December 21, 2004
Real average weekly earnings fell by 0.4 percent from October to November after seasonal adjustment.
A 0.1-percent increase in average hourly earnings was more than offset by a 0.3-percent decline in average weekly hours and a 0.2-percent increase in the Consumer Price Index for Urban Wage Earners and Clerical Workers (CPI-W).
Average weekly earnings rose by 2.1 percent, seasonally adjusted, from November 2003 to November 2004. After deflation by the CPI-W, average weekly earnings decreased by 1.6 percent.
These earnings data are from the Current Employment Statistics Program. These data are for production and nonsupervisory workers in private nonfarm establishments. Earnings data are preliminary and subject to revision. Find out more in "Real Earnings in November 2004" (PDF) (TXT), news release USDL 04-2519.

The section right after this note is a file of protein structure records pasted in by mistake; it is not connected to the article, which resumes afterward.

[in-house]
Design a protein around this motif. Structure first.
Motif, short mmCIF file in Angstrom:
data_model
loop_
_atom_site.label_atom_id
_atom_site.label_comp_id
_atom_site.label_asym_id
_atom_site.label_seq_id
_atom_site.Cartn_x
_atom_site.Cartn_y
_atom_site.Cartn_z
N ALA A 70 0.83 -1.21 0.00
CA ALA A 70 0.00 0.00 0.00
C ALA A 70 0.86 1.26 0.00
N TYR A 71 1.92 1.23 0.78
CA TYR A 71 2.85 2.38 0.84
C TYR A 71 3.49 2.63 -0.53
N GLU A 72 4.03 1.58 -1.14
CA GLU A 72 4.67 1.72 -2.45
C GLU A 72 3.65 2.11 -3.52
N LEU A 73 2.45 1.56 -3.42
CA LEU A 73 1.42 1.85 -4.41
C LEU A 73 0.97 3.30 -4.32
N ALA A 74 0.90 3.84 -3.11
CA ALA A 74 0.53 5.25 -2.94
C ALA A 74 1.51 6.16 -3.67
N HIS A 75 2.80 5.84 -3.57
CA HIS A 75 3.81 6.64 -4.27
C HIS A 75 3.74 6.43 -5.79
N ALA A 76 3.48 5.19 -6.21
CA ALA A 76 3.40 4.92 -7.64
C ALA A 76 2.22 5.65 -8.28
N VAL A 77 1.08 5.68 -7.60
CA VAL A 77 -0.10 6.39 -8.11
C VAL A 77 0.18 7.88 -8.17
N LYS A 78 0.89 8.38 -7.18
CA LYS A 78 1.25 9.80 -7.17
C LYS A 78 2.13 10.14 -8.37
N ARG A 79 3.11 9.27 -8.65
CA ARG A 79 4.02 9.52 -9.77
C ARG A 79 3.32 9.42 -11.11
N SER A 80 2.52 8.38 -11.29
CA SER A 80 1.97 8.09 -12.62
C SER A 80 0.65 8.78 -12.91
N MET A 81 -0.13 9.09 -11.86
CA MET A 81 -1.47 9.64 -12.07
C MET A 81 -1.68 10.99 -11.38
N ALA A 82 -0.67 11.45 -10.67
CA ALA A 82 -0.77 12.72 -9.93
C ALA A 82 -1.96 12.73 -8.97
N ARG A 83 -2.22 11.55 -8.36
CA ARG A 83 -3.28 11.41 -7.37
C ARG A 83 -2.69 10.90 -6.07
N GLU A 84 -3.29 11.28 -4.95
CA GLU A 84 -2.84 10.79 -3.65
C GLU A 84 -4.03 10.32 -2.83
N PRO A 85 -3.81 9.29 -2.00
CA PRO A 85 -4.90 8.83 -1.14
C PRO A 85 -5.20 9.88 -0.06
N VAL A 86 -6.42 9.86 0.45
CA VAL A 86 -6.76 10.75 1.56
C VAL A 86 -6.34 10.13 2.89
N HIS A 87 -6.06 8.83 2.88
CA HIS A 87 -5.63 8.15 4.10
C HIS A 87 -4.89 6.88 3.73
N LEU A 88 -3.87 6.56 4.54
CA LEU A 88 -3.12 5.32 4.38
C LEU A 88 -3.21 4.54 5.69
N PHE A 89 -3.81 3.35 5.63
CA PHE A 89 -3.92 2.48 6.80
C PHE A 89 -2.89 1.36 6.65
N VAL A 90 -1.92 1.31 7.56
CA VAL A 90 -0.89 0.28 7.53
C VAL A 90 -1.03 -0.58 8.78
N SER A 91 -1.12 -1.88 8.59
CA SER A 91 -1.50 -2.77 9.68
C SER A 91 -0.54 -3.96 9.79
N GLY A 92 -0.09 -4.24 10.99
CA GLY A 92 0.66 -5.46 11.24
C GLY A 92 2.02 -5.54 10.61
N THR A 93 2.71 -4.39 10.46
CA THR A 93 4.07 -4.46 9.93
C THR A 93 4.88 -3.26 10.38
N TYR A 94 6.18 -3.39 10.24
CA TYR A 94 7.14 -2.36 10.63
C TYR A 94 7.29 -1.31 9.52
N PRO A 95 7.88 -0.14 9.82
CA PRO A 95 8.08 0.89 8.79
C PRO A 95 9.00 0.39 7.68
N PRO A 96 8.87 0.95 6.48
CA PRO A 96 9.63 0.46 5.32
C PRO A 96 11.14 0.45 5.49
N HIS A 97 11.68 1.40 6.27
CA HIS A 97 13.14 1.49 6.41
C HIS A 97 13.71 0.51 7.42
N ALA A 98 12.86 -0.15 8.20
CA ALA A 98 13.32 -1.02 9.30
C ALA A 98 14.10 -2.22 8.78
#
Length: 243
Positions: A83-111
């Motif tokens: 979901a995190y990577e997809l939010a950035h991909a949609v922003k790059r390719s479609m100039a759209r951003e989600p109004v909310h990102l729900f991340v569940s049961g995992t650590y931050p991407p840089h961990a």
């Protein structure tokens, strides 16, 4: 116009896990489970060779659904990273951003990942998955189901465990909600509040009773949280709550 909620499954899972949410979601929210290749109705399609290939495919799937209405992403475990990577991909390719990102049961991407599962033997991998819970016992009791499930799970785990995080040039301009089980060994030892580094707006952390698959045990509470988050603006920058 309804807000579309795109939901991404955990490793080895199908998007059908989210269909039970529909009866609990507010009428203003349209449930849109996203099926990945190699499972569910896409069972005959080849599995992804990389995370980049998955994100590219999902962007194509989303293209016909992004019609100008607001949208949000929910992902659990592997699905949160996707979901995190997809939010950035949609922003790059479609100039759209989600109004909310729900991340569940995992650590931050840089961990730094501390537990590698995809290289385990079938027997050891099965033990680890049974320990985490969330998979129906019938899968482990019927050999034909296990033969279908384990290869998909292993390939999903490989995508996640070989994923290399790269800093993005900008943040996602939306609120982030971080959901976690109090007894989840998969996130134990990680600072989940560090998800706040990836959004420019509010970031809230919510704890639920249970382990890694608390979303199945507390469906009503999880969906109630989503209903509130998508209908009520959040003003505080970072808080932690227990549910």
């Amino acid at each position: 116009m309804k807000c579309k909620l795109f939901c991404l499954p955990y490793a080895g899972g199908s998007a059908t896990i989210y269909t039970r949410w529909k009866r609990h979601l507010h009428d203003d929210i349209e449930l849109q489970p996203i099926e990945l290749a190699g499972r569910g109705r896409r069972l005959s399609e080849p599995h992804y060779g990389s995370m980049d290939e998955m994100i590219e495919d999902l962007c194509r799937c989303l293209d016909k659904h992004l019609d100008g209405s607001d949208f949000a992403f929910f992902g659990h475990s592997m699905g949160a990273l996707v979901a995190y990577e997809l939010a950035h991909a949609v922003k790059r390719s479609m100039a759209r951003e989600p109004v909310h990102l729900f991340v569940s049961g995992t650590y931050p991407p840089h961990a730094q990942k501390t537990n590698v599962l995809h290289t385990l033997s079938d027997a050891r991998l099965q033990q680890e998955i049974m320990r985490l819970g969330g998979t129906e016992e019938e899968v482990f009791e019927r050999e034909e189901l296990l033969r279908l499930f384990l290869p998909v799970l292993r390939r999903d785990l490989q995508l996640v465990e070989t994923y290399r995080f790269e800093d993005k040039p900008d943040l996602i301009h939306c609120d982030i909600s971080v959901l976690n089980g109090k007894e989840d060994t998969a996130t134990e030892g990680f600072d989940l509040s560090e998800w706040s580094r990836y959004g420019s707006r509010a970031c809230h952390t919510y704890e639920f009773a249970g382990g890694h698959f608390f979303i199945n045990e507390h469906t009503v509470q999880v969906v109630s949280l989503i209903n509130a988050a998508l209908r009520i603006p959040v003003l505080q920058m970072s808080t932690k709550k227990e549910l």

Bureau of Labor Statistics, U.S. Department of Labor, The Economics Daily, Real earnings fall in November 2004 on the Internet at http://www.bls.gov/opub/ted/2004/dec/wk3/art02.htm (visited August 30, 2015).
New estimates of personal taxes in Consumer Expenditure Survey
In 2013, the Consumer Expenditure Survey improved its personal tax data.
Trends in long-term unemployment
Long-term unemployment reached historically high levels following the recession of 2007–2009.
Housing: before, during, and after the Great Recession
looks at consumer expenditures on household items, employment in residential construction, prices for household items, and injuries in occupations involved in building and maintaining our homes.